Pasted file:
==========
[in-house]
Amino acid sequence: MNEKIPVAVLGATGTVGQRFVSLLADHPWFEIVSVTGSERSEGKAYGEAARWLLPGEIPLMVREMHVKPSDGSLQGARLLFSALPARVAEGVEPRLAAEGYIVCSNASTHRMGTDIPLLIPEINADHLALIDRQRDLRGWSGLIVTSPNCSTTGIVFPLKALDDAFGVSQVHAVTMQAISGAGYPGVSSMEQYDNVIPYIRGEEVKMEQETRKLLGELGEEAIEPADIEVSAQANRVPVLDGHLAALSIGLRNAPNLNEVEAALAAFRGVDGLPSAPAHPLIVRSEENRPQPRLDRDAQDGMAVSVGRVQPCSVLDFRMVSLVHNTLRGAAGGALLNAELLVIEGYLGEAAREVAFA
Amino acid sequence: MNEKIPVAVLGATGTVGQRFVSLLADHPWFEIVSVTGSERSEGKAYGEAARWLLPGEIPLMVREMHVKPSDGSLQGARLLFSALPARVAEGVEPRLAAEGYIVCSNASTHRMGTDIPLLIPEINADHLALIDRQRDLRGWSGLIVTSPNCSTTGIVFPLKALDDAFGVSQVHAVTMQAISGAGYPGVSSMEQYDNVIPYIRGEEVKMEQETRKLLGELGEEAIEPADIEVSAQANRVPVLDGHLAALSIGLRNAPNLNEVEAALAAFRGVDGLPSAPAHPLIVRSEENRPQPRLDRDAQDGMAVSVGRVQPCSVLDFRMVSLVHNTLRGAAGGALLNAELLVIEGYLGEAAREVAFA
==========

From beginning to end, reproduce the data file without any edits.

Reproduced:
[in-house]
Amino acid sequence: MNEKIPVAVLGATGTVGQRFVSLLADHPWFEIVSVTGSERSEGKAYGEAARWLLPGEIPLMVREMHVKPSDGSLQGARLLFSALPARVAEGVEPRLAAEGYIVCSNASTHRMGTDIPLLIPEINADHLALIDRQRDLRGWSGLIVTSPNCSTTGIVFPLKALDDAFGVSQVHAVTMQAISGAGYPGVSSMEQYDNVIPYIRGEEVKMEQETRKLLGELGEEAIEPADIEVSAQANRVPVLDGHLAALSIGLRNAPNLNEVEAALAAFRGVDGLPSAPAHPLIVRSEENRPQPRLDRDAQDGMAVSVGRVQPCSVLDFRMVSLVHNTLRGAAGGALLNAELLVIEGYLGEAAREVAFA
Amino acid sequence: MNEKIPVAVLGATGTVGQRFVSLLADHPWFEIVSVTGSERSEGKAYGEAARWLLPGEIPLMVREMHVKPSDGSLQGARLLFSALPARVAEGVEPRLAAEGYIVCSNASTHRMGTDIPLLIPEINADHLALIDRQRDLRGWSGLIVTSPNCSTTGIVFPLKALDDAFGVSQVHAVTMQAISGAGYPGVSSMEQYDNVIPYIRGEEVKMEQETRKLLGELGEEAIEPADIEVSAQANRVPVLDGHLAALSIGLRNAPNLNEVEAALAAFRGVDGLPSAPAHPLIVRSEENRPQPRLDRDAQDGMAVSVGRVQPCSVLDFRMVSLVHNTLRGAAGGALLNAELLVIEGYLGEAAREVAFA